Tuesday, August 18, 2009

J. C. Ryle on the Diligent Use of the Public Means of Grace

J. C. Ryle (1816-1900) was an evangelical Anglican bishop who wrote and preached often on personal holiness. One of his classic works is a booklet titled, Thoughts for Young Men. You can usually find a free copy on our tract table in the sanctuary. One section of the book is titled "Special Rules for Young Men" and includes the exhortation to make us of "all public means of grace." By this Ryle meant, "the instruments which God is pleased to use in order to accomplish salvation and sanctification in the hearts of men: the preaching of the Word, Bible reading and study, prayer, baptism, the Lord’s Supper, and godly fellowship with others." Below is an excerpt:

Be regular in going to the house of God whenever it is open for prayer and preaching, and it is in your power to attend. Be regular in keeping, the Lord's day holy, and determine that God's day out of the seven shall always be given to its rightful owner.

I would not want to leave any false impression on your minds. Do not go away and say I told you that going to church made up the whole of Christianity. I will tell you no such thing. I have no wish to see you grow up formalists and Pharisees. If you think the mere carrying of your body to a certain building, at certain times, on a certain day in the week, will make you a Christian, and prepare you to meet God, I tell you flatly you are miserably deceived. All services without heart-service are unprofitable and vain. They only are true worshipers who "Worship the Father in spirit and in truth, for they are the kind of worshipers the Father seeks" (John 4:23).

But the practices of Christianity are not to be despised because they are not saviors. Gold is not food, you cannot eat it, but you would not say it is useless, and throw it away. Your soul's eternal wellbeing most certainly does not depend on the practices of Christianity, but it is certain that without them, as a general rule, your soul will not do well. God might take all who are saved to heaven in a chariot of fire, as He did Elijah, but He does not do so. He might teach them all by visions, and dreams, and miraculous interventions, without requiring them to read or think for themselves, but He does not do so. And why not? Because He is a God that works by means, and it is His law and will that in all man's dealings with Him means shall be used. No one but a fool would think of building a house without ladders and scaffolding, and just so no wise man will despise means.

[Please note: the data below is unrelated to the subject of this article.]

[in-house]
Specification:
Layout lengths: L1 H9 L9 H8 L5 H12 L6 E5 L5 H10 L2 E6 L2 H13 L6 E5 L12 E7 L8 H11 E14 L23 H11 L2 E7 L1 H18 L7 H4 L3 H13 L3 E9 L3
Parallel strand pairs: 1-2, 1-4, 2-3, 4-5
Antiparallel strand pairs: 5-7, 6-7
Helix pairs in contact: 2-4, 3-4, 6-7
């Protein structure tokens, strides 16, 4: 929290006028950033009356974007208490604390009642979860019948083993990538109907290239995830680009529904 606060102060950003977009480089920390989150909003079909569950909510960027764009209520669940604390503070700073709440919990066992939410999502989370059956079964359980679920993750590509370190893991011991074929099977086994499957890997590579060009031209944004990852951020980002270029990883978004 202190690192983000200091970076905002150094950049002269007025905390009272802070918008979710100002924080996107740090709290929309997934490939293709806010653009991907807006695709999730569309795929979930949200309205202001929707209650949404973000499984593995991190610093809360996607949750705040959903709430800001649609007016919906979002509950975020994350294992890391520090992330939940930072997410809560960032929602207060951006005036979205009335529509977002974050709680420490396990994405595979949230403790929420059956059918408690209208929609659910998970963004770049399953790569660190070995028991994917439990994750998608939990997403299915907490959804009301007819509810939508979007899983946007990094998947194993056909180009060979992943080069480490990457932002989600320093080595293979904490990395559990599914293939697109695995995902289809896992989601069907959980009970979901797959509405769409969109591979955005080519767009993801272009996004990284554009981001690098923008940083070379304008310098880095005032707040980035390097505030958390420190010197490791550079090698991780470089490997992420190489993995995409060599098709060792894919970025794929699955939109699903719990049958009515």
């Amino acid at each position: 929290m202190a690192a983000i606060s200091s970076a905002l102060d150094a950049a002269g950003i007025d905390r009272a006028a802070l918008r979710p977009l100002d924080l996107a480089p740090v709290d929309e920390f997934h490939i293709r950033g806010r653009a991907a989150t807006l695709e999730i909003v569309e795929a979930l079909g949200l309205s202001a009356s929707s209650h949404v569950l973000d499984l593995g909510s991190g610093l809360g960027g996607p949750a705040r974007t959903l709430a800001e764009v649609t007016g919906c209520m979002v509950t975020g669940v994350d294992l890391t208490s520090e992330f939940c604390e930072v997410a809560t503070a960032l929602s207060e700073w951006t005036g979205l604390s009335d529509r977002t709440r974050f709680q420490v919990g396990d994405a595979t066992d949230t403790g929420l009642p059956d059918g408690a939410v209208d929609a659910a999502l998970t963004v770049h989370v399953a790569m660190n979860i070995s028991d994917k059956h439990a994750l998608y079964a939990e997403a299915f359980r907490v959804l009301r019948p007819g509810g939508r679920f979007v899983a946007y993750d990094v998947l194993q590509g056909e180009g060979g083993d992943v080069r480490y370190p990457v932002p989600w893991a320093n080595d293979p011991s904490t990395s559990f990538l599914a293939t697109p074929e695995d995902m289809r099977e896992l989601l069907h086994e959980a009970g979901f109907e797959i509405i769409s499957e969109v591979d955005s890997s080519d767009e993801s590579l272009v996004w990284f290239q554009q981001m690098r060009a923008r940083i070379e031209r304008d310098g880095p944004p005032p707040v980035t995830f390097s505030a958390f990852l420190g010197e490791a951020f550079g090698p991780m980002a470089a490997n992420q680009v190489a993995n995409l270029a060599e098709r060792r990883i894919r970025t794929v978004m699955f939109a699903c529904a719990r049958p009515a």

I dwell on this point, because Satan will try hard to fill your minds with arguments against the practices of Christianity. He will draw your attention to the numbers of persons who use them and are no better for the using. "See there," he will whisper, "do you not observe that those who go to church are no better than those who stay away?" But do not let this move you. It is never fair to argue against a thing because it is improperly used. It does not follow that the practices of Christianity can do no good because many do them and get no good from them. Medicine is not to be despised because many take it and do not recover their health. No man would think of giving up eating, and drinking because others choose to eat and drink improperly, and so make themselves sick. The value of the practices of Christianity, like other things, depends, in a great measure, on the manner and spirit in which we use them.

Grace and peace, Pastor Jeff Riddle

Note: Evangel article August 18, 2009

1 comment:

John Bowman said...

I wonder if Mr. Ryle would extend his statement..."It is never fair to argue against a thing because it is improperly used?" to musical genres. In other words, just as he says food and gold are often abused for sinful means, they are not inherently evil. What do you think he would say about contemporary Christian music, hard rock, R&B etc.?